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article imageSuper fast lasers break world record

By Tim Sandle     Sep 29, 2014 in Science
London - Researchers have engineered a record-breaking laser that accelerates the interaction between light and matter by over 10 times.
Scientists based at Imperial College, London and the Friedrich-Schiller-Universität Jena, in Germany, have used special semiconductor nanowires to develop ultra-fast lasers. The nanowires have been made from zinc oxide and they interface with a silver based material.
The silver material enabled the nanowire lasers to be reduced down to a minuscule size: 120 nanometres in diameter. This size is equivalent to just a thousandth of the diameter of human hair. This was achieved through the application of surface plasmons. These are wave-like motions of excited electrons found at the surface of metals. The charge motion in a surface plasmon always creates electromagnetic fields outside (as well as inside) the metal. In other applications, surface plasmons have been used to control colors of materials.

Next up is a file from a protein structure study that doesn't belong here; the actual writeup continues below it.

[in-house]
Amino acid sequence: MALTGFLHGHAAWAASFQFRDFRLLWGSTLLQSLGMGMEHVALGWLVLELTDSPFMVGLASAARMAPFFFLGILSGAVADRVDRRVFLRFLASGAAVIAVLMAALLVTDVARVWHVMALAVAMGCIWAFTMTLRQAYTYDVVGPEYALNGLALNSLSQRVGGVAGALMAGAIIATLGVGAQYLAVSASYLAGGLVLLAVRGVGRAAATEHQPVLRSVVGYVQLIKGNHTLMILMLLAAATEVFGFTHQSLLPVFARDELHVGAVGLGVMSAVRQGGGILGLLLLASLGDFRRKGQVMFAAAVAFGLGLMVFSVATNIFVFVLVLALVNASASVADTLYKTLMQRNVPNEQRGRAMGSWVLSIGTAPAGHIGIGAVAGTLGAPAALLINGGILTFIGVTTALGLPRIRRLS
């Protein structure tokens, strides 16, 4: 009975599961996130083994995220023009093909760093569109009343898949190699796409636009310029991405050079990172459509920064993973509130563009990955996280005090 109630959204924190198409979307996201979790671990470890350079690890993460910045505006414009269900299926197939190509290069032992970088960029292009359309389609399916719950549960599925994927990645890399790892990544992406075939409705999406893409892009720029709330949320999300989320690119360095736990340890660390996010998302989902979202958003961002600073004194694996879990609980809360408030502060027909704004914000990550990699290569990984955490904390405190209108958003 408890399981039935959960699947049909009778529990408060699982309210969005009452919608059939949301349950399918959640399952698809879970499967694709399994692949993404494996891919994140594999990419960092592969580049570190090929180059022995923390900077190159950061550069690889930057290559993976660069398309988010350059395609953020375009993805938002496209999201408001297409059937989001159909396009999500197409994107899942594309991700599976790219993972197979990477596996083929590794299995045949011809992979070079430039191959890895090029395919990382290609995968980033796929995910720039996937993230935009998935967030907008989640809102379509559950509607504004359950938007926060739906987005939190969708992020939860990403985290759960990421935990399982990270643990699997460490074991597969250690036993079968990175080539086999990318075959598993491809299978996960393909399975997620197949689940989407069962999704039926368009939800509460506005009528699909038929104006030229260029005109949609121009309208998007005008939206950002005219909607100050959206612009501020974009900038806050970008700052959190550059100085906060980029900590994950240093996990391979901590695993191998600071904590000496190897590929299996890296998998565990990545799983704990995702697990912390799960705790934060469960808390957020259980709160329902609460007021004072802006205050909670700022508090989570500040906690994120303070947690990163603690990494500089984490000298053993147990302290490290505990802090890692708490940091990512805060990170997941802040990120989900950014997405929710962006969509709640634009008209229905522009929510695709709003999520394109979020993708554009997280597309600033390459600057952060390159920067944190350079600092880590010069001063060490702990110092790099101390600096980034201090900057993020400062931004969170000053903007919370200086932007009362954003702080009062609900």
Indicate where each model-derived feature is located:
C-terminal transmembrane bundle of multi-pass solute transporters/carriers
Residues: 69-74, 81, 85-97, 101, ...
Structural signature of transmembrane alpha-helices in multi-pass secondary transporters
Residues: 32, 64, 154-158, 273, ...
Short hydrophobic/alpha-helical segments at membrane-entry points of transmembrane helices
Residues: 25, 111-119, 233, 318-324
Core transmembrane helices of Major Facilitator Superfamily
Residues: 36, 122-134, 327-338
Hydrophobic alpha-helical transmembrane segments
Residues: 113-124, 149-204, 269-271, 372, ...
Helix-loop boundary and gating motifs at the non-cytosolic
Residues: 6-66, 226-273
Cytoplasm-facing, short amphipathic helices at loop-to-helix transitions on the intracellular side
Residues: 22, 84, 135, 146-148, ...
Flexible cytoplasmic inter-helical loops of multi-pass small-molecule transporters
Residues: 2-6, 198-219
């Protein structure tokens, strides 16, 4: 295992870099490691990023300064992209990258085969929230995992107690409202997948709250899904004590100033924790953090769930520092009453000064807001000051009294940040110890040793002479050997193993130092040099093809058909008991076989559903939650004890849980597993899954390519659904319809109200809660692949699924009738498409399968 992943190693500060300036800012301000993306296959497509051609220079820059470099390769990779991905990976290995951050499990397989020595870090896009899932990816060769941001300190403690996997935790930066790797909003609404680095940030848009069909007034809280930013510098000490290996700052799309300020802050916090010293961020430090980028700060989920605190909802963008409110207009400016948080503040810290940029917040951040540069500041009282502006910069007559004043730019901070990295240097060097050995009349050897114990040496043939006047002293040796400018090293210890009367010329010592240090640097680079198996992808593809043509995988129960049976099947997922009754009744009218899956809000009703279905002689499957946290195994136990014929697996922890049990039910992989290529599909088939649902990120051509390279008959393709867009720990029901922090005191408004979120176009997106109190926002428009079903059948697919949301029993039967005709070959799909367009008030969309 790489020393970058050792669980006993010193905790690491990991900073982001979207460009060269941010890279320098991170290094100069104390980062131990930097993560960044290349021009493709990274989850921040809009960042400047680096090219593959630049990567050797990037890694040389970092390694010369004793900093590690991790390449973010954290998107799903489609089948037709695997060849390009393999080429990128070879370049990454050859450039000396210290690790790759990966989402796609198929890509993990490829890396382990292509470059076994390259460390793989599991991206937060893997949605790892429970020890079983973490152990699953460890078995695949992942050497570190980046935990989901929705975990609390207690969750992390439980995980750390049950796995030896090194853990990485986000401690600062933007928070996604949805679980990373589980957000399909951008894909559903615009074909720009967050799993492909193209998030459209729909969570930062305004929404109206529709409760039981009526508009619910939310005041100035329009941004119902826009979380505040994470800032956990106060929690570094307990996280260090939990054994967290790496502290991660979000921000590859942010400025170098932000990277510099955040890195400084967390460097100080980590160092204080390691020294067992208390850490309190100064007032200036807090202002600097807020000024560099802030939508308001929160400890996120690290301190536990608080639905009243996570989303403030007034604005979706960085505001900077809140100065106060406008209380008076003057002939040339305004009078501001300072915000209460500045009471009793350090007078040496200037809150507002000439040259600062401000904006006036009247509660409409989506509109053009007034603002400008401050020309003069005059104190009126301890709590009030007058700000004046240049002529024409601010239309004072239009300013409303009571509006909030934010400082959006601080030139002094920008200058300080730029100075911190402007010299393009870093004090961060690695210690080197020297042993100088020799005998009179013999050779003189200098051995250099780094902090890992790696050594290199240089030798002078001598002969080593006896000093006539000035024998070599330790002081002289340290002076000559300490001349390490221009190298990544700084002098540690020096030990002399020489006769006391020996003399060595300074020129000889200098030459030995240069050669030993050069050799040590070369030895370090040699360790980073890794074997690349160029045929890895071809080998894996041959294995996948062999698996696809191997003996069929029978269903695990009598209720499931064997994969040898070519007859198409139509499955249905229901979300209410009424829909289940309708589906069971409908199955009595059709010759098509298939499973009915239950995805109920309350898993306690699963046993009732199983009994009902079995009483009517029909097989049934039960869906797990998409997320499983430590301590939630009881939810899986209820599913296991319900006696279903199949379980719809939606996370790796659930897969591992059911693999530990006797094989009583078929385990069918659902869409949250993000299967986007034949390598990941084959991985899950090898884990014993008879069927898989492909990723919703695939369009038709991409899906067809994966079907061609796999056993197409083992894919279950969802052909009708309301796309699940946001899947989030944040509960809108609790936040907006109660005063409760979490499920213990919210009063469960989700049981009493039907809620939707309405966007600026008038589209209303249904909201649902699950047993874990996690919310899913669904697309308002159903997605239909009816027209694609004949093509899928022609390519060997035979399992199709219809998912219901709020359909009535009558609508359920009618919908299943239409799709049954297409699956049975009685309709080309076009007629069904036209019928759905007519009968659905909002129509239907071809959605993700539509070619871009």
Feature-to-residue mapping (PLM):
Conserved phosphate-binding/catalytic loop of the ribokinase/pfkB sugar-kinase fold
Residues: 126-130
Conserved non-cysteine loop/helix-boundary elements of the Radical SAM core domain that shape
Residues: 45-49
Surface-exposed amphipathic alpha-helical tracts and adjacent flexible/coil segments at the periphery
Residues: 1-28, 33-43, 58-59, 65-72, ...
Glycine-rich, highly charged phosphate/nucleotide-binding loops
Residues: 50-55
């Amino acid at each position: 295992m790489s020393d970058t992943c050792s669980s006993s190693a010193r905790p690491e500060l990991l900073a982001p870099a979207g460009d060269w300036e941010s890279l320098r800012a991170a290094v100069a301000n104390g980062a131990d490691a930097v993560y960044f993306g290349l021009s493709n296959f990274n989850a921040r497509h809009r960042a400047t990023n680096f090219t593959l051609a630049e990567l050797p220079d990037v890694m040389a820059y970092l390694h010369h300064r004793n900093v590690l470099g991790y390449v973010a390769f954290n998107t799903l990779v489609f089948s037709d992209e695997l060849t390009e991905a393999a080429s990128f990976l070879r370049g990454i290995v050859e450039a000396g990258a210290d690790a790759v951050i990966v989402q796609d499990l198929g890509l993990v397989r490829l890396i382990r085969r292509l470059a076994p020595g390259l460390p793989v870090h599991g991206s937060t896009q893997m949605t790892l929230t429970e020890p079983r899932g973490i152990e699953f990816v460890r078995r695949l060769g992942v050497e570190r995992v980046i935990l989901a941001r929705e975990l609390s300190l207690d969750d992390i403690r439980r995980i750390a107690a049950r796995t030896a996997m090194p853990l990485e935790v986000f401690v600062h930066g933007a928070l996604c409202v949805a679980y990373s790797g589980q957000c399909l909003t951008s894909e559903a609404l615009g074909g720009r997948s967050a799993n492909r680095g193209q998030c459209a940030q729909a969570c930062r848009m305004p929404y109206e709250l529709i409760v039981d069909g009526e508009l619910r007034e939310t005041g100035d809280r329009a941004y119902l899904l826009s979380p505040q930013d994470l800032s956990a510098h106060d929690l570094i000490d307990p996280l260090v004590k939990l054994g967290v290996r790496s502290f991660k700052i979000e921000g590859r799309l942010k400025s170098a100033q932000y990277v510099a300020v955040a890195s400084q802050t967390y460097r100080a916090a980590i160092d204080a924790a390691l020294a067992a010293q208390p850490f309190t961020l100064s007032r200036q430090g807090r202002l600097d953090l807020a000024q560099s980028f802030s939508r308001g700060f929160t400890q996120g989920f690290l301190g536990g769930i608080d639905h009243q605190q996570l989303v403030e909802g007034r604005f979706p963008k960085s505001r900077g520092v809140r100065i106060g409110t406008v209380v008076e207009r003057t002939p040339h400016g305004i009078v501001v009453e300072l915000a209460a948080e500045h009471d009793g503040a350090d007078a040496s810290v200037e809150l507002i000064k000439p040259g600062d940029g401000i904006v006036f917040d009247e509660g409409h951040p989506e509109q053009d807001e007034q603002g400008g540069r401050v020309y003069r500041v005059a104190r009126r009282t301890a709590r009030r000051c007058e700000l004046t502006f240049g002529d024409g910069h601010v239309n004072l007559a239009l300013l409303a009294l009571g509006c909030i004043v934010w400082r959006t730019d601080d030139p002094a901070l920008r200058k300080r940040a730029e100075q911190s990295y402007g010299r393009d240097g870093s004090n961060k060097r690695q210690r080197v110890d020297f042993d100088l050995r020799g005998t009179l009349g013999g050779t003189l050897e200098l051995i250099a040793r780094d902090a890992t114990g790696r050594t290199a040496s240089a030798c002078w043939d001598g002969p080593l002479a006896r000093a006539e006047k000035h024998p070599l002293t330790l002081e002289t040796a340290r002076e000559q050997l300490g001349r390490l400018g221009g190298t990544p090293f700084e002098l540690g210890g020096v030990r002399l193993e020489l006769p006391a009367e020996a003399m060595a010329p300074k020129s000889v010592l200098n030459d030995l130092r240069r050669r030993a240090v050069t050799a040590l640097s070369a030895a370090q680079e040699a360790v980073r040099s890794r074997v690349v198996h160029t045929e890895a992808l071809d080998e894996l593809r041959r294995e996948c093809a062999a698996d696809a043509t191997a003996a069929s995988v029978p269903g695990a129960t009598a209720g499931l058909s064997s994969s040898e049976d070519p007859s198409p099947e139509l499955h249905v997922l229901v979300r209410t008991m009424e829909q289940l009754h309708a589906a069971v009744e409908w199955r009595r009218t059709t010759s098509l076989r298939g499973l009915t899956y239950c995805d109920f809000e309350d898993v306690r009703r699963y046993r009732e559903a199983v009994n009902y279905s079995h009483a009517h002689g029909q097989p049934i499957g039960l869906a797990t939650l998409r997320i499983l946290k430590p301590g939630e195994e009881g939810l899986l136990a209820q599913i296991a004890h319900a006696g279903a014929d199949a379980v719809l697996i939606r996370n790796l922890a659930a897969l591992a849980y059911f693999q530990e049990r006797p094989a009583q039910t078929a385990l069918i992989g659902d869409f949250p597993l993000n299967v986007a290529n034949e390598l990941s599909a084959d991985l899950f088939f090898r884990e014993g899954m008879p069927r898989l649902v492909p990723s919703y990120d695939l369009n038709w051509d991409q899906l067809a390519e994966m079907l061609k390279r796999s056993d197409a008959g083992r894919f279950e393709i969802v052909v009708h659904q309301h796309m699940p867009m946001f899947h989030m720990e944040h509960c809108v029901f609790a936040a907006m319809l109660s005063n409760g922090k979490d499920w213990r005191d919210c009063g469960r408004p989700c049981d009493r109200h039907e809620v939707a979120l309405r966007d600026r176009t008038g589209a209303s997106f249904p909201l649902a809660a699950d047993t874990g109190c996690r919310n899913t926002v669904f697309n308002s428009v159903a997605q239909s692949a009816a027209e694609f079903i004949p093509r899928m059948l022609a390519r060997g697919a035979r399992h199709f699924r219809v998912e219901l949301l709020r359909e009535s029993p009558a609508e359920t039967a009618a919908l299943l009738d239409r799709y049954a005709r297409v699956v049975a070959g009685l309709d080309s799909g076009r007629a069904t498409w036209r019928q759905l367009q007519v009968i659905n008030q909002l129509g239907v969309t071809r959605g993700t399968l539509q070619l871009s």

With the new study, scientists used surface plasmons to squeeze light into a much smaller space inside a laser. This squeezing process allowed the light to interact more strongly with the zinc oxide than would be possible under standard conditions. The experiment was conducted at room temperature.
In trials the laser could be turned on and off to 10 times faster than in any previous study, shorter than one trillionth of a second. This means that the newly described lasers are the fastest ever recorded. Some scientists have suggested that these lasers should be given a new name, with SPASERs (Surface Plasmon Amplification by Stimulated Emission of Radiation) the leading term (laser is an acronym for "light amplification by stimulated emission of radiation").
While this is interesting for physicists, there is a potential practical application too. Such technology could be used to improve communication technology by allowing for much faster data connection speeds and data transfer.
The research has been published in the journal Nature Physics. The paper is called "Ultrafast plasmonic nanowire lasers near the surface plasmon frequency."
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